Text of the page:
As I watch the others—people who are not just sitting, but stretching, and posing, and contorting—I consider feeling embarrassed. I try to remember that their intentions are not my intentions, their straws are not my straws, their paths are not my path. My directions were specific and personal: Be still and do not run out of here. A few times I choke back loud tears and I feel embarrassed again. All I can do is let myself feel embarrassed. Let them hear you. We are all here for different things. You are here to learn how to stay on your mat and feel the pain without running out of here. Be still. So the images keep coming and I just let my tears fall and mix into my sweat. I let it all be terrifying and horrible and unfair. I sit there and accept how unacceptable it all is. I just let it be.
Somehow, Amy understands. She comes by my mat to check on me throughout the class, and on her face I see respect. She knows I’m learning something important. I can tell she’s already learned it. Many times, maybe. Every few minutes she looks at me and gives a little nod that means, Yes, you’re doing this right. Don’t give up. Don’t run out. And finally, after ninety minutes, we are done. Amy asks us to lie down, and I lower myself to the floor and open my eyes to the ceiling. I realize that I have allowed myself to see it all and feel it all and I have survived. All the ghosts are still there, but they’re less threatening now. They can scare me, but they cannot kill me. They tried, but I won. Everything is still a bloody mess, yet here I am. Alive. I’d been fully human for an hour and a half and it had hurt like hell. It had almost killed me, but not quite. That not quite part seems incredibly important.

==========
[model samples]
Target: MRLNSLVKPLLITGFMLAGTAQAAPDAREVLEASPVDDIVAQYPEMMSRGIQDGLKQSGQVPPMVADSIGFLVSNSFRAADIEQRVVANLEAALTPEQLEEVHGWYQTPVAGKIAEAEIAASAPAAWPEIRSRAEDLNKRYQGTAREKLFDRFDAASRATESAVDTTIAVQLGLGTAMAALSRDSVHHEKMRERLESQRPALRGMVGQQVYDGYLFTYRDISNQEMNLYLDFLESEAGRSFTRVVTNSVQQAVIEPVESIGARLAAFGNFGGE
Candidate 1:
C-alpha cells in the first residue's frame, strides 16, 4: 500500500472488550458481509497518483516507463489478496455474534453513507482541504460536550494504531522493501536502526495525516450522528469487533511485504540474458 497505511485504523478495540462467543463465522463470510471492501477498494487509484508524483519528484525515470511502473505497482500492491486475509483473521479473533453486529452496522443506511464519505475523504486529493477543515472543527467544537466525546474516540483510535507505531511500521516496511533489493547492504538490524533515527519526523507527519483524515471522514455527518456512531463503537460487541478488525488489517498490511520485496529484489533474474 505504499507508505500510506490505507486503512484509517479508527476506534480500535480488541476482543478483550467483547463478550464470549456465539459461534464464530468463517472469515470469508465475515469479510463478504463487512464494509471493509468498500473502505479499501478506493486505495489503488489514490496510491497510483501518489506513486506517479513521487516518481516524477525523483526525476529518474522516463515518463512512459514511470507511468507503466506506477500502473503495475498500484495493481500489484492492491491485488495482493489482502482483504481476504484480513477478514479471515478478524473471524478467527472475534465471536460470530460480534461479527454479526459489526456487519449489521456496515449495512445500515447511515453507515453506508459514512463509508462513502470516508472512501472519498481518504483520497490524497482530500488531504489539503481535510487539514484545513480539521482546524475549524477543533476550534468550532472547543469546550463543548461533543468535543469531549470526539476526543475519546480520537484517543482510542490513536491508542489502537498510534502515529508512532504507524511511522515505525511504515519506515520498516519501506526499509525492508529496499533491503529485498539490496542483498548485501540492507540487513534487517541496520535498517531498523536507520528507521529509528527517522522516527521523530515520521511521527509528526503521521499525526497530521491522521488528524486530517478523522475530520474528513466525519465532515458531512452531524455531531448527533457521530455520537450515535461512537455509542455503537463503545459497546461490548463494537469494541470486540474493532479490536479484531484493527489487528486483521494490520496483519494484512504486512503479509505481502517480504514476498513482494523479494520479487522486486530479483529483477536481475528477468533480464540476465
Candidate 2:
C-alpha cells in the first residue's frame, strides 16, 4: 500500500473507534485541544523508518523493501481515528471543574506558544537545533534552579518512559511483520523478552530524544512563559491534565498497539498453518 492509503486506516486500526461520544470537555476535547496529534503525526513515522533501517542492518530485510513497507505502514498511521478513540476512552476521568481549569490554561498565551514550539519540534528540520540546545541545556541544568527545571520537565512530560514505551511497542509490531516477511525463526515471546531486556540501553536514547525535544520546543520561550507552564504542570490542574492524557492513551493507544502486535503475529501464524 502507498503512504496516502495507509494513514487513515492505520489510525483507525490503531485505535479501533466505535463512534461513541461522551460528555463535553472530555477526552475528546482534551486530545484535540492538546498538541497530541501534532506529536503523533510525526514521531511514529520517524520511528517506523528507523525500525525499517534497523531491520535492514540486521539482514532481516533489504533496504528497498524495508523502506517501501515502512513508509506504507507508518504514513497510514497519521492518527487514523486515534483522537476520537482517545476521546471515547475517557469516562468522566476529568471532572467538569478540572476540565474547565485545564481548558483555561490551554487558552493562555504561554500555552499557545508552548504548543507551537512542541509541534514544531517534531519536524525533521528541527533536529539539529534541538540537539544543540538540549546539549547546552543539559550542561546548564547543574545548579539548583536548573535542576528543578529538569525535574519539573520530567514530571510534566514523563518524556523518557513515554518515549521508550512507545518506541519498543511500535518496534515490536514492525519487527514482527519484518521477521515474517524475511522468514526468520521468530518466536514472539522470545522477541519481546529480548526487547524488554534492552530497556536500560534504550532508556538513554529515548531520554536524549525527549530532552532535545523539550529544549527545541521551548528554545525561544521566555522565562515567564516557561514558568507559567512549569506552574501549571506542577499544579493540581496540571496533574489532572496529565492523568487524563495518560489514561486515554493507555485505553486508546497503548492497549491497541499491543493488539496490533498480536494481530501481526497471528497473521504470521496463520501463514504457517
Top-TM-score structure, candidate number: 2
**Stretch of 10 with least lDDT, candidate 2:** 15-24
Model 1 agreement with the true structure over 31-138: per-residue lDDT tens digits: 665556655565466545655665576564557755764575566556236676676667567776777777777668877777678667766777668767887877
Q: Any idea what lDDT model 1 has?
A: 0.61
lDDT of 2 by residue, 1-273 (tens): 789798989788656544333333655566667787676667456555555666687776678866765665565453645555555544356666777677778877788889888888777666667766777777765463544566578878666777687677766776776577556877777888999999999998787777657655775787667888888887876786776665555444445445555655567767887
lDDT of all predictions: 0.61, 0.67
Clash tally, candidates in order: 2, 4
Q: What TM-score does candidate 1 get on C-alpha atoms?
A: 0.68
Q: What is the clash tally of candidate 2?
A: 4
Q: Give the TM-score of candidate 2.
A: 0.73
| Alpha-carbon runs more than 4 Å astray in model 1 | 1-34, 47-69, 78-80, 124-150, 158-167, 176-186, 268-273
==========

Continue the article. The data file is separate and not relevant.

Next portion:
I close my eyes and when the tears flow downward toward my mat, I feel surprised that there’s any liquid left inside of me. Then I feel a hand on my arm, and along with it, an immediate twinge of shame: I am sweaty and crying and snotty and gross and someone is close to me. Up close, touching me. But I do not pull away. I do not wipe my eyes or my nose. I just let us be. I open my eyes and Amy is right there next to me and she says, “That—what you just did? That is the Journey of the Warrior. Now, don’t forget to breathe. You need to remember to breathe.” I do not understand why everyone keeps telling me to breathe. I’m alive, aren’t I? Isn’t it clear that I’m breathing? And what is the Journey of the Warrior?
Finally Amy bows to us and tells us that the God in her honors the God in us. She opens the door and the cool air rushes in. I walk out through the lobby and into the sun and experience an overwhelming sense of déjà vu. The Journey of the Warrior. This phrase rings a bell in my soul, but why? I climb into my van, rush home, and pull Pema Chödrön’s When Things Fall Apart off my nightstand. I flip to a page I’ve dog-eared and I run my finger down the lines to a sentence I’d underlined and highlighted but hadn’t really understood until now: